Advisories July 6, 2021

Environment, Land Use & Natural Resources Advisory: Supreme Court Decision in PennEast Pipeline Co. v. New Jersey Is Major Win for Pipelines

Executive Summary
Minute Read

The U.S. Supreme Court held that natural gas companies holding a Section 717f(e) certificate have the power to condemn state-owned land under the Natural Gas Act. Our Environment, Land Use & Natural Resources Group discusses the decision and what it means to the pipeline industry. 

  • The Natural Gas Act authorizes the condemnation of state-owned land
  • States do not have sovereign immunity from eminent domain lawsuits brought by private companies under the Natural Gas Act
  • Natural gas infrastructure projects should benefit from one less pipeline roadblock

On June 29, 2021, the U.S. Supreme Court held in a 5–4 opinion written by Chief Justice Roberts that a private company holding a certificate of public convenience and necessity under Section 717f(e) of the Natural Gas Act (NGA) is authorized to condemn state-owned property. The Court reversed the decision of the Third Circuit that New Jersey had sovereign immunity from PennEast’s lawsuit to condemn the state’s land. 

The case resolves an important question for the construction of interstate natural gas transmission pipelines: whether a private company can take, through delegated federal eminent domain power, land owned by a state to build a pipeline. PennEast argued that its Section 717f(e) certificate conferred it the delegated federal authority to sue New Jersey for the condemnation of the state’s land to build its pipeline. New Jersey opposed the pipeline on the ground that it was immune from eminent domain lawsuits under the Eleventh Amendment.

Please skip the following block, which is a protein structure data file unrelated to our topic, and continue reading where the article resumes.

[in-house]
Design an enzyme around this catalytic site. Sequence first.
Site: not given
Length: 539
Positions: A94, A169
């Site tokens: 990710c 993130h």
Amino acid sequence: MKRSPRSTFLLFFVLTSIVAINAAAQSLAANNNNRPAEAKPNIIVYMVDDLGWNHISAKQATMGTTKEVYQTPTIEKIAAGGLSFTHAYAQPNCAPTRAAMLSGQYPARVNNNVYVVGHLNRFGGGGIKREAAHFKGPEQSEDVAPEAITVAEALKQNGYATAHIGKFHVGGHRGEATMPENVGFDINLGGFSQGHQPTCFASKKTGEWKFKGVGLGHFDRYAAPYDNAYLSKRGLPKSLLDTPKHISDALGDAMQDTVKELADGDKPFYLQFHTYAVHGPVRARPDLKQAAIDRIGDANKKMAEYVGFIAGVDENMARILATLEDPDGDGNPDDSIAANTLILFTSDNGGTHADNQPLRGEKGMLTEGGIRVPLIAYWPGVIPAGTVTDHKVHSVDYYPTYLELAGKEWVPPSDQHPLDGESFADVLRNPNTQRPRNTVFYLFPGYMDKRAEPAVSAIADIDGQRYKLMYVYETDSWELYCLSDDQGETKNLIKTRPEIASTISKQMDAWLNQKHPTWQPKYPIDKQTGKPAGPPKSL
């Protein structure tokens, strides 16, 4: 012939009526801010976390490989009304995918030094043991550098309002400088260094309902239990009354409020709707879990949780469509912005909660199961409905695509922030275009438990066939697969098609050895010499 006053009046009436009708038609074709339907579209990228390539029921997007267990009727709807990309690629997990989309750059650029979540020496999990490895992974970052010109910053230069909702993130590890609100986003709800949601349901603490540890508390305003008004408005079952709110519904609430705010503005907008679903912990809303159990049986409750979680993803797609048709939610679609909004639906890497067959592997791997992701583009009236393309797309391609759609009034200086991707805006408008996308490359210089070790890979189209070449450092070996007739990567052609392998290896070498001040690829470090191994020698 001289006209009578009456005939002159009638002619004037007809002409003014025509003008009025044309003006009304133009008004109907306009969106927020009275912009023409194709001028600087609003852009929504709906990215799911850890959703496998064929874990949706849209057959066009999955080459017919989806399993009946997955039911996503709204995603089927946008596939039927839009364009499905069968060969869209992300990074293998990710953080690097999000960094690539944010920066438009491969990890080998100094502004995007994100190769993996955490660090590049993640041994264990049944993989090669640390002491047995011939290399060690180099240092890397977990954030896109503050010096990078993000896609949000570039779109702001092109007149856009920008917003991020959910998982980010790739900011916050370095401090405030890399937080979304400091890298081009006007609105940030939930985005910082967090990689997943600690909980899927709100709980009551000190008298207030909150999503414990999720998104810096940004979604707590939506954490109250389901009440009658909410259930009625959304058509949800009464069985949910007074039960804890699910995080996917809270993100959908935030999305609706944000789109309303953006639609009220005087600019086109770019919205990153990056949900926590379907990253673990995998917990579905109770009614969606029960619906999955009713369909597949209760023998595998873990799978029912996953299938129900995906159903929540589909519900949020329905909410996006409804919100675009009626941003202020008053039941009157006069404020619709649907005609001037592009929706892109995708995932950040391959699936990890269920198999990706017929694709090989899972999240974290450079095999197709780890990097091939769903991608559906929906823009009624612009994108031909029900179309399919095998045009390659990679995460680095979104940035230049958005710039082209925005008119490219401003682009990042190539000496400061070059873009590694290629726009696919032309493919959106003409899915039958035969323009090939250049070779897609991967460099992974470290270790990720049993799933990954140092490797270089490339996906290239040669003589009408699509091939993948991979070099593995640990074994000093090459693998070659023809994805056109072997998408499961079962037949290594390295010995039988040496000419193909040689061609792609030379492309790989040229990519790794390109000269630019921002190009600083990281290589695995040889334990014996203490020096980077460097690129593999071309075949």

In reversing the Third Circuit, the Supreme Court explained that the states consented to the federal eminent domain power when entering the federal system and thereby waived their sovereign immunity to suits exercising that federal power. The Court further explained that the states’ consent to the federal eminent domain power included condemnation proceedings brought by private delegatees of that power under a congressional act. The Court also rejected New Jersey’s argument that the NGA’s text was required to more clearly abrogate states’ sovereign immunity in order for states to be subject to NGA condemnation actions. The Court explained that the legislative clarity requirement had no application because the states had already waived their immunity to the federal eminent domain power. 

This is a significant decision that confirms the supremacy of the federal government’s eminent domain power. It also eliminates an important roadblock that pipeline opponents have raised to the development of critical energy infrastructure in the United States. 

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Frost, Leland
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